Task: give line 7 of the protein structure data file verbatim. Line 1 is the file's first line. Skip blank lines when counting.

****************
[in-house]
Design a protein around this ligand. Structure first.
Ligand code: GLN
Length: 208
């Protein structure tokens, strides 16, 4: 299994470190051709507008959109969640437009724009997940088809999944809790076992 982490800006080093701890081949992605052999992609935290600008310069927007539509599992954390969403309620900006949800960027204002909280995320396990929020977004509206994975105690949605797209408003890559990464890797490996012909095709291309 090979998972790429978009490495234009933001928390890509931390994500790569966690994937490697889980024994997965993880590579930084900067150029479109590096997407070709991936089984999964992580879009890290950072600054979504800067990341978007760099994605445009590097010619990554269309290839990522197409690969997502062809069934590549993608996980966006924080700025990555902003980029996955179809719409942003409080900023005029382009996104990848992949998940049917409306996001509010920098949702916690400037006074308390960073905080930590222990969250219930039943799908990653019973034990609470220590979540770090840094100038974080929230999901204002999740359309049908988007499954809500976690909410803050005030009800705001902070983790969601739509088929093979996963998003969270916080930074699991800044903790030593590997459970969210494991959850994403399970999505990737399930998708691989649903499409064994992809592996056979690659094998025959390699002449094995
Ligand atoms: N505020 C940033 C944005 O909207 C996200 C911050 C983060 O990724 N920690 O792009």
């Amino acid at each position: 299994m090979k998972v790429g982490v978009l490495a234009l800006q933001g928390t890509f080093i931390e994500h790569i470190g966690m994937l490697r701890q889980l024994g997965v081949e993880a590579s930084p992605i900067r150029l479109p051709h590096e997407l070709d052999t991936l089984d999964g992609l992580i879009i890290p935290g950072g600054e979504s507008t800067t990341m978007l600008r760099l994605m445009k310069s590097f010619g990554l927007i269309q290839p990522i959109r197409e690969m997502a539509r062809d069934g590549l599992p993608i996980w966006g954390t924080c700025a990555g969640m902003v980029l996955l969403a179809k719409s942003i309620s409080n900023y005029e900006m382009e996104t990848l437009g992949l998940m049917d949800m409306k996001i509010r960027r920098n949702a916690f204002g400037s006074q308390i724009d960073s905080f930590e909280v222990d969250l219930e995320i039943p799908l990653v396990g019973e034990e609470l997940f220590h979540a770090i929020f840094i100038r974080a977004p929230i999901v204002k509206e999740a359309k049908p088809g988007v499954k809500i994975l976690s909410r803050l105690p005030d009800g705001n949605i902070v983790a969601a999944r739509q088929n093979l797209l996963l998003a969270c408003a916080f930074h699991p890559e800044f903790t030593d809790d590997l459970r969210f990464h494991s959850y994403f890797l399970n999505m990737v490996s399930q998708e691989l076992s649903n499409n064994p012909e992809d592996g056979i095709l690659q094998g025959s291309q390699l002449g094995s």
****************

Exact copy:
């Amino acid at each position: 299994m090979k998972v790429g982490v978009l490495a234009l800006q933001g928390t890509f080093i931390e994500h790569i470190g966690m994937l490697r701890q889980l024994g997965v081949e993880a590579s930084p992605i900067r150029l479109p051709h590096e997407l070709d052999t991936l089984d999964g992609l992580i879009i890290p935290g950072g600054e979504s507008t800067t990341m978007l600008r760099l994605m445009k310069s590097f010619g990554l927007i269309q290839p990522i959109r197409e690969m997502a539509r062809d069934g590549l599992p993608i996980w966006g954390t924080c700025a990555g969640m902003v980029l996955l969403a179809k719409s942003i309620s409080n900023y005029e900006m382009e996104t990848l437009g992949l998940m049917d949800m409306k996001i509010r960027r920098n949702a916690f204002g400037s006074q308390i724009d960073s905080f930590e909280v222990d969250l219930e995320i039943p799908l990653v396990g019973e034990e609470l997940f220590h979540a770090i929020f840094i100038r974080a977004p929230i999901v204002k509206e999740a359309k049908p088809g988007v499954k809500i994975l976690s909410r803050l105690p005030d009800g705001n949605i902070v983790a969601a999944r739509q088929n093979l797209l996963l998003a969270c408003a916080f930074h699991p890559e800044f903790t030593d809790d590997l459970r969210f990464h494991s959850y994403f890797l399970n999505m990737v490996s399930q998708e691989l076992s649903n499409n064994p012909e992809d592996g056979i095709l690659q094998g025959s291309q390699l002449g094995s």